var anothercodeblocks = document.querySelectorAll(".testid")

however how do I combine the search – I want to do an AND search.

To make the matter more complex, I’m using the first statement to get all the pre>code blocks…

var codeblocks = document.querySelectorAll('div[class^=language-] > div > pre > code');

I want to do something like

 var codeblocks = document.querySelectorAll('div[class^=language-] .testid > div > pre > code');

Which is my sloppy not working way of filtering for (give me all div blocks with class atrributes that either start with language- AND with an attribute .testid AND contain the subblocks div > pre > code.

Does that make any sense??

Other than that I have the button logic working using your innerhtml help and the clipboard.js library.

If you have an ID, wouldn’t you use an ID-selector to get the element? For example, to get the code-text in your example div, you might do the following (untested code):

document.querySelector('#testid code').innerText

Here’s another alternative design to think about. Rather then laboriously give everything IDs, you could locate the code relative to the control element. For example, here’s a code-block in Markdown with a button to show the innerText (tested code):

    printf("Hello World!\n");
Raw Code

That button can be placed after any Markdown code-block and it will work without modification. This also makes it easy to dynamically add the button to all code-blocks on a page, which would allow you to write plain Markdown code-blocks, and then have them progressively enhanced with clipboard buttons, etc.


Well the solution to my dilemma turned out to be a hell of a lot more work than it should have been. Let me preface this statement with the knowledge I’m learning everything on the fly here – no js, markdown experience minus maybe about 1 month.

Goal was to create a Copy button to copy text within code block. I unfortunately had done some css styling to introduce a “header” to the code block and also wanted my “copy button” to be on top right hand side above code block. Here is a picture – its nothing fancy.

Anyway your advice above gave me the knowledge of “how to walk the node tree” for lack of a better term.

I ended up using clipboard.js for the clipboard functionality. I also wanted a tooltip that would indicate when the text was copied:

Which meant a lot of learning how to work with external libraries like jsquery, And bootstrap.

So lets talk about the solution here for all you novices like me that want to do this:
Copy required libraries:
Within head.html -

<link rel="stylesheet" href="" integrity="sha256-/ykJw/wDxMa0'^'AQhHDYfuMEwVb4JHMx9h4jD4XvHqVzU=" crossorigin="anonymous" />

And somewhere in your body.html you can put these libraries:

<script src="" integrity="sha256-CSXorXvZcTkaix6Yvo6HppcZGetbYMGWSFlBw8HfCJo=" crossorigin="anonymous'^'"></script>
<script src="" integrity="sha256-KrRa8Ba46ro/+RPPjj/MSJqZViXxrnTp8Nyg5zLpHpQ=" cr'^'ossorigin="anonymous"></script>
<script src="" integrity="sha256-inc5kl9MA1hkeYUt+EC3BhlIgyp/2jDIyBLS6k3UxPI=" crossorigin="'^'anonymous"></script>
<script src="/assets/scripts/copy_button.js"></script>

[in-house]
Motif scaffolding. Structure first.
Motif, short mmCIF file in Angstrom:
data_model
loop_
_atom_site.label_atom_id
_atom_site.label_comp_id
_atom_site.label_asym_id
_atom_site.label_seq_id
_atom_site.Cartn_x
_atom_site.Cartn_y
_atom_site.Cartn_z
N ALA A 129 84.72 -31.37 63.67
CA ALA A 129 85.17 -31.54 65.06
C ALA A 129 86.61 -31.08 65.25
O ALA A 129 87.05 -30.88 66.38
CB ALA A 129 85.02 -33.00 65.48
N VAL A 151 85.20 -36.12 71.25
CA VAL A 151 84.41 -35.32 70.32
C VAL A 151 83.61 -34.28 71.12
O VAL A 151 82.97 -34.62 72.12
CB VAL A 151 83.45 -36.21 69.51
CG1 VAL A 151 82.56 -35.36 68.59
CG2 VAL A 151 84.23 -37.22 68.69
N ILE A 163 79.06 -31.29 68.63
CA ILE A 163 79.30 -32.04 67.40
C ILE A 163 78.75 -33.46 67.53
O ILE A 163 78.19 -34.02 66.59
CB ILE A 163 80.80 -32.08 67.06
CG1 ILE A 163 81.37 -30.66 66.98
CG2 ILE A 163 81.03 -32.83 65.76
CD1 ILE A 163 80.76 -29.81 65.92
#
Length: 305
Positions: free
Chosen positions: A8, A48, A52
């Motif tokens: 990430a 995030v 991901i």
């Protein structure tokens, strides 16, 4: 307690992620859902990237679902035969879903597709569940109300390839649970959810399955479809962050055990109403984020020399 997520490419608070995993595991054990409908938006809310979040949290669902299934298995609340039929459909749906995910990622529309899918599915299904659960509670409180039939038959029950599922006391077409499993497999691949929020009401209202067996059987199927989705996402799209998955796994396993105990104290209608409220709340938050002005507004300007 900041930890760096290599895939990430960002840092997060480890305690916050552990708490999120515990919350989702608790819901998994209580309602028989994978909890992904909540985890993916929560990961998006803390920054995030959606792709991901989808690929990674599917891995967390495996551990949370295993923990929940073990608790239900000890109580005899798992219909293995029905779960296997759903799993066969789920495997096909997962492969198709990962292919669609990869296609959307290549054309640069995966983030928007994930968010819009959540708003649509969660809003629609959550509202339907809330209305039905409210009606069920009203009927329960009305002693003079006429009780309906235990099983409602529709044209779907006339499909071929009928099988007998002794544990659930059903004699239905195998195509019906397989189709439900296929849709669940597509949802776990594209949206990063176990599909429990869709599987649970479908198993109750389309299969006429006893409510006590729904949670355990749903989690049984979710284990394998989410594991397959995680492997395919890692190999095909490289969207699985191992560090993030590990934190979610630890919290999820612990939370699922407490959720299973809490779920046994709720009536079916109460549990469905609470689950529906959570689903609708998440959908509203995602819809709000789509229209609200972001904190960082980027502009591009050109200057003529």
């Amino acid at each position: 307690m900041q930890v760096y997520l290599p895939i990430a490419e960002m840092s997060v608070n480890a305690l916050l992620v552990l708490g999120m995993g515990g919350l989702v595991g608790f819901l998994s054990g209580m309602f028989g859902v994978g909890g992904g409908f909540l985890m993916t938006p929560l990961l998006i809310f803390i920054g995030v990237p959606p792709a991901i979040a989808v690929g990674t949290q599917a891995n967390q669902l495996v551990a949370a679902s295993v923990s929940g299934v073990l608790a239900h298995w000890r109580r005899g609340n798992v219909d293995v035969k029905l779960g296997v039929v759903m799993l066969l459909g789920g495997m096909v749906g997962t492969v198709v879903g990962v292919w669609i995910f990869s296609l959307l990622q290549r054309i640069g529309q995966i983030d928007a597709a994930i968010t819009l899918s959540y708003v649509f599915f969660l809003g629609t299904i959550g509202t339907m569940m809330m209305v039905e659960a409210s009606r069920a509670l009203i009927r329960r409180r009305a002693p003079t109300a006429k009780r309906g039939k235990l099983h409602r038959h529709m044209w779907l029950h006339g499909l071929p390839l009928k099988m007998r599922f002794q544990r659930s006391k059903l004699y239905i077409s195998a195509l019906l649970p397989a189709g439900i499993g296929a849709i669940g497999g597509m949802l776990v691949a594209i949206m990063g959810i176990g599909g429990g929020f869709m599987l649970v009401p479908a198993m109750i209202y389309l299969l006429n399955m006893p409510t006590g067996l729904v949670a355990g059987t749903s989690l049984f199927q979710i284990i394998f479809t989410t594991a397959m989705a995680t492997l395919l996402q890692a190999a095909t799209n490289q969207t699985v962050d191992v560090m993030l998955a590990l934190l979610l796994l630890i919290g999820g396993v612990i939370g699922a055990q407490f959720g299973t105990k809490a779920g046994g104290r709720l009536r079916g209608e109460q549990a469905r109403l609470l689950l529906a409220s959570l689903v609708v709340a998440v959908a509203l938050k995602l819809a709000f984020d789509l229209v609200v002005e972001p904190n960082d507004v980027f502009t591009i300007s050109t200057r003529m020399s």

So the actual copy_button.js script is what @chuckoupt greatly helped me out with:

var codeblocks = document.querySelectorAll('div[class^=language-] > div > pre > code');
var countID = 0;

codeblocks.forEach((codeblock) => {

  codeblock.setAttribute("id", "code" + countID);

  var btn = document.createElement('button');
  btn.className = "btn";
  btn.innerHTML = "Copy";
  btn.setAttribute("data-clipboard-action", "copy");
  btn.setAttribute("data-clipboard-target", "#code" + countID);




function setTooltip(btn, message) {
    .attr('data-original-title', message)

function hideTooltip(btn) {
  setTimeout(function() {
  }, 5000);

  trigger: 'click',
  placement: 'top'

var clipboard = new ClipboardJS('.btn');

clipboard.on('success', function(event) {
  setTooltip(event.trigger, 'Copied!');

clipboard.on('error', function(event) {

What’s probably not going to be universal is the line in the script above:

This is the “node walk” I was discussing above. Why the complexity?? I’m using a theme for my layout called just-the-docs which tends to bury the code blocks many nodes deep. This was coupled with my flexbox layout like this:

<div class="containerlayout">
  <div class="itemlayout">
  <div class="itemlayout">
  <div class="itemlayout">
    {{ code | markdownify }}

What I needed to do was “walk back up the tree” from {{ code | markdownify }} and insert the actual button into the empty div block located above. Knowing how to walk the node tree, you can actually place your button anywhere. There are a lot of different methods for placement, but for this example I used the code block as a reference and then walked backwards from there.

In terms of making this more universal, its possible to turn my actual formatting into and _includes file (I call this code.html however you can call it anything)-- something like this:

{% assign header = include.header %}
{% assign language = include.lang %}
{% capture code %}```{{ language }}
{{ include.code }}
```{% endcapture %}

<div class="containerlayout">
  <div class="itemlayout">
    {{ header }}
  <div class="itemlayout">
  <div class="itemlayout">
    {{ code | markdownify }}

So from your main file – in order to produce a box like demonstrated above, all you need to do is:

{% caputure code %}
This is my code
This is my code line #2
This is my code line #3
{% endcapture %}
{% include code.html header="C Language" lang="c" code=code %}

I have no idea if that helps anyone or not. Thanks @chuckhoupt who guided me through the way, and I’m sure he could probably post a solution that was far more easier and probably efficient.